The Amperage Pedal MIDI controller eyes life on stage
By Paul Ridden
March 10, 2014
There are a number of ways to take digital amp and effects modeling to the gig or studio, including the new AMPLIFi models from Line 6, or routing your signal through a laptop or tablet running something like AmpliTube. Accessing and controlling settings on a device screen can be somewhat fiddly, though, and many guitarists feel more comfortable with physical knobs and switches. This is where the Amperage MIDI controller pedal could help to bridge the gap between analog stomp familiarity and the brave new world of digital tone tweaking.
The Amperage Pedal is the brainchild of Kurt Olsen of North Shore Guitars, and has a familiar road-ready analog stomp form factor that's topped by eight chicken-head knobs, two footswitches and three LED status indicators, which can be adjusted for brightness. Each of the knobs can be used to send MIDI messages to a smart device or laptop running music creation or recording software, and custom-assigned to controls in the software running on the source machine.
There are a fair number of other MIDI interfaces already available of course, including IK Multimedia's iRig MIDI, but the Amperage Pedal's development team says that it's the number of knobs in one location, which can be matched to the primary controls of a computer-based modeling amplifier, that sets it apart from the rest. It's also a good fit for a pedal board. Though the labels on the photo above don't actually appear of the pedal itself, the top surface will be home to artwork by Andrew Towl.
By default, the knob to the top right is set to be used as a bank selector (though this can be chnaged if desired). There are seven banks, each of which produces a different color LED light at the center of the pedal. The footswitches can be used to send program change messages to the software, or set to act as latching or momentary switches for turning effects on or off. Pushing down and holding down both footswitches at the same time enters the unit into edit mode, where device behavior can be altered.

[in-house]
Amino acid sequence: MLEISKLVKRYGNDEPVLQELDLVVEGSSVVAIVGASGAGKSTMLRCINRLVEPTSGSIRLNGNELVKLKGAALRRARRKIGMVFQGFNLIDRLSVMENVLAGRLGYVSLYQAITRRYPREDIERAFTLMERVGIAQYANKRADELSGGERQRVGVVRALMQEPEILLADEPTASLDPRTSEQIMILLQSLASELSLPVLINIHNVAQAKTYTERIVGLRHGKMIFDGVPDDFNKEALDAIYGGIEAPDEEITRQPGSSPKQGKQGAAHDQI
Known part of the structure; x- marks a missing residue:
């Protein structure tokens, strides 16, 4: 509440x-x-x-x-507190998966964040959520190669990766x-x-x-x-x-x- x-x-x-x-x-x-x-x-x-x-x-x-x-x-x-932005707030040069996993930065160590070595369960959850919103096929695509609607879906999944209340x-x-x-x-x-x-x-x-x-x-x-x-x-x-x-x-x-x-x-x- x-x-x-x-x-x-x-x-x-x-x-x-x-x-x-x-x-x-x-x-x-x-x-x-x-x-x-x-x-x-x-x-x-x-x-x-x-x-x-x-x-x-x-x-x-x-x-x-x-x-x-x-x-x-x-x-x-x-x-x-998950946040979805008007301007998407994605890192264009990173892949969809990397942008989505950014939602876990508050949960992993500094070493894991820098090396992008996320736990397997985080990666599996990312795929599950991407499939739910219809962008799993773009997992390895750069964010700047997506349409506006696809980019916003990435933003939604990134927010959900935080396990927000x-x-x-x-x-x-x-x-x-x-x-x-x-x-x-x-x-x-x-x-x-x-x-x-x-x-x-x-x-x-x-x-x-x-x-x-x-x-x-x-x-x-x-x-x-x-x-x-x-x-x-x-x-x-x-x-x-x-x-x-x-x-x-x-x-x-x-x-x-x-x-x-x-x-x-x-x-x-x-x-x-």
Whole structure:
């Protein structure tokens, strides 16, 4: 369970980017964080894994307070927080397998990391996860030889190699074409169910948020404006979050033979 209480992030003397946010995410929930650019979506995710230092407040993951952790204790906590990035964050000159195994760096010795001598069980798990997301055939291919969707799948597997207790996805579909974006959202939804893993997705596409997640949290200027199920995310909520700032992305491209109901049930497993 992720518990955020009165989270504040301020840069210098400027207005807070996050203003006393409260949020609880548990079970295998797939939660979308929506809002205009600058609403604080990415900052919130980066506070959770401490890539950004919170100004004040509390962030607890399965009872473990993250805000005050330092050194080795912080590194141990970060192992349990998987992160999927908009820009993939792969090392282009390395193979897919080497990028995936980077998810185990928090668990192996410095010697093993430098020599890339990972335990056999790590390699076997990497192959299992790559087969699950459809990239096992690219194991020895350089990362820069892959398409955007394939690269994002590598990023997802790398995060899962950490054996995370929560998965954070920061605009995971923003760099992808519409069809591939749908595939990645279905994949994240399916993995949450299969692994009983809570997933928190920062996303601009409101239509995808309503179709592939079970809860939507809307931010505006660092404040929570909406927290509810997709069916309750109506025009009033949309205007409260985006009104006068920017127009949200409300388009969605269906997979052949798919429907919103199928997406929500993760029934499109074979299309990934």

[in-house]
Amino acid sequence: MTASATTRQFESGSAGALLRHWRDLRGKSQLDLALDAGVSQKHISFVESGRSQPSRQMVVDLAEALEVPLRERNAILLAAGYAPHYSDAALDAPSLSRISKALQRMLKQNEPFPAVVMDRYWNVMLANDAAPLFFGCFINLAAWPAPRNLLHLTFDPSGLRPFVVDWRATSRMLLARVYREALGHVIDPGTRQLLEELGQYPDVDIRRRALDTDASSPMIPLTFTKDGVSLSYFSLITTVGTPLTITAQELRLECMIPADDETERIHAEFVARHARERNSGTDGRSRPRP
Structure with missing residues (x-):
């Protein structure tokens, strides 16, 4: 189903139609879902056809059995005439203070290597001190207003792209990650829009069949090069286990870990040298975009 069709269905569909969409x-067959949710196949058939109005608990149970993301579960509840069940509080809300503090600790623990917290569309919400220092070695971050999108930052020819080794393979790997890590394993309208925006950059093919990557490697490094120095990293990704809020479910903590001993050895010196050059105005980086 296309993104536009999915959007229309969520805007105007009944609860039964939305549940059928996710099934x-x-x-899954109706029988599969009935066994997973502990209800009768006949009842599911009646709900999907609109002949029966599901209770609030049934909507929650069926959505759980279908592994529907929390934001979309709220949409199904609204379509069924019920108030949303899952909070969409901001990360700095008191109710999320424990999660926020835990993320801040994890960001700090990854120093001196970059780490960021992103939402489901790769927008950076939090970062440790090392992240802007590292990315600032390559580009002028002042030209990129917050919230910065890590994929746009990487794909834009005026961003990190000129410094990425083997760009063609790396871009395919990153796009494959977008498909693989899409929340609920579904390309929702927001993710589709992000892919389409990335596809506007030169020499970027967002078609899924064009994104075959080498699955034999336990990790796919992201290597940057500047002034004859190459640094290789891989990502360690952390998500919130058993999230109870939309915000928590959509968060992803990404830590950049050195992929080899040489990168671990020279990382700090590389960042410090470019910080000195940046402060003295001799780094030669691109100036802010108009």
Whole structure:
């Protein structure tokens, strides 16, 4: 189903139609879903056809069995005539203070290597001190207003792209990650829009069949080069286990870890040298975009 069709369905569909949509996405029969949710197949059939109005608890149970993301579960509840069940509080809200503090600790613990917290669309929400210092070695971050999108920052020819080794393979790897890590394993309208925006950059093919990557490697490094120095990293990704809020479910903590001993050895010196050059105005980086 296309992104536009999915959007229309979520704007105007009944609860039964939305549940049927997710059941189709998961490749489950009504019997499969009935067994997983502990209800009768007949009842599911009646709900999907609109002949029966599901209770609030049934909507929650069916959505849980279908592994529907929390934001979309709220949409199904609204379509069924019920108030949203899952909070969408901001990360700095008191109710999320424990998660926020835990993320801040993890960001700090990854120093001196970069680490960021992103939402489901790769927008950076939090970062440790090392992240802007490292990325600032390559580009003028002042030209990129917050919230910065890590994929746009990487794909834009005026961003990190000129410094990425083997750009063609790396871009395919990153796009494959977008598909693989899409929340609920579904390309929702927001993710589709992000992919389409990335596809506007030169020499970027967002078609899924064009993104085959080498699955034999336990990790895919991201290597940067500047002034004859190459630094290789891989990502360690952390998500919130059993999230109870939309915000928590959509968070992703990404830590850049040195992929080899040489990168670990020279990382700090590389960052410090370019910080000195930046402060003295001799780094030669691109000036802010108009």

Usefully, holding down both footswitches simultaneously for 3 seconds allows the player to lock any of the available banks using the bank select knob, and effectively make all eight knobs available as MIDI controllers.
The Amperage Pedal is claimed compatible with any software or hardware capable of understanding MIDI, though a companion app has been created to allow users to change the pedal's default MIDI controller mapping and channels for each of the color-coded banks.
There are those who might argue that digital effects just don't offer the same warmth and response as analog stomps, and Olsen is not going to argue. He uses the old and the new for his own rig, with a laptop providing a huge library library of modeled tone, and tube amps and speaker cabinets for the output. The Amperage Pedal means that he can access and control his digital effects or modeling arsenal on stage without having to stop and click a mouse or touch an onscreen icon.
Olsen is readying a Makerbot Replicator 2 and a Shapeoko CNC milling machine for prototyping and low volume production runs. 3D models and schematics have been created to make upscaling to higher production runs relatively pain-free. Now all that's needed is funding. To that end, the Amperage Pedal project has launched on Kickstarter, where one unit is pitched at US$225.
If all goes according to plan, the first units will be built, tested and shipped in May and June. Backers will also receive Mac/Win audio hosting software called StageManager (to virtually wire up and chain digital amps and effects, all in one place).
"If the Kickstarter is unsuccessful, it will slow me down, but every instinct I have say's that modeling amps are going to become more common on stage," says Olsen. "The Amperage Pedal (and the follow-up product) can make a dent in the acceptance by the average guitarist. It did for me."
Have a look at the pitch video below to see what's on offer.